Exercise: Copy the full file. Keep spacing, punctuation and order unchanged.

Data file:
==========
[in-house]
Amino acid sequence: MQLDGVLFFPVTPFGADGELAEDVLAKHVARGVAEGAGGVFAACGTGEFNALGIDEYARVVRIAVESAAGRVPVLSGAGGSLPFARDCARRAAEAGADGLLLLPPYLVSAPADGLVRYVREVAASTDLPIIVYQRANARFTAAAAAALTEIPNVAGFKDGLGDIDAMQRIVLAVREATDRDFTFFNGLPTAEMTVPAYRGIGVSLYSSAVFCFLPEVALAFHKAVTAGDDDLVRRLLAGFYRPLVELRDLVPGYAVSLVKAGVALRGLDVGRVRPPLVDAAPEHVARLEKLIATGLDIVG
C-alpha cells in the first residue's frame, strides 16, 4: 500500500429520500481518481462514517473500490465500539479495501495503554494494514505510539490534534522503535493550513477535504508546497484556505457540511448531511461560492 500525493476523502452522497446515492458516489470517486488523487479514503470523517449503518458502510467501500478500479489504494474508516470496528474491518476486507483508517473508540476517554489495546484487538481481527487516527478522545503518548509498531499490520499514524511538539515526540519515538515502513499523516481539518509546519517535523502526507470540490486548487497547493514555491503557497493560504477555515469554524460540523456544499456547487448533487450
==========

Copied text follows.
[in-house]
Amino acid sequence: MQLDGVLFFPVTPFGADGELAEDVLAKHVARGVAEGAGGVFAACGTGEFNALGIDEYARVVRIAVESAAGRVPVLSGAGGSLPFARDCARRAAEAGADGLLLLPPYLVSAPADGLVRYVREVAASTDLPIIVYQRANARFTAAAAAALTEIPNVAGFKDGLGDIDAMQRIVLAVREATDRDFTFFNGLPTAEMTVPAYRGIGVSLYSSAVFCFLPEVALAFHKAVTAGDDDLVRRLLAGFYRPLVELRDLVPGYAVSLVKAGVALRGLDVGRVRPPLVDAAPEHVARLEKLIATGLDIVG
C-alpha cells in the first residue's frame, strides 16, 4: 500500500429520500481518481462514517473500490465500539479495501495503554494494514505510539490534534522503535493550513477535504508546497484556505457540511448531511461560492 500525493476523502452522497446515492458516489470517486488523487479514503470523517449503518458502510467501500478500479489504494474508516470496528474491518476486507483508517473508540476517554489495546484487538481481527487516527478522545503518548509498531499490520499514524511538539515526540519515538515502513499523516481539518509546519517535523502526507470540490486548487497547493514555491503557497493560504477555515469554524460540523456544499456547487448533487450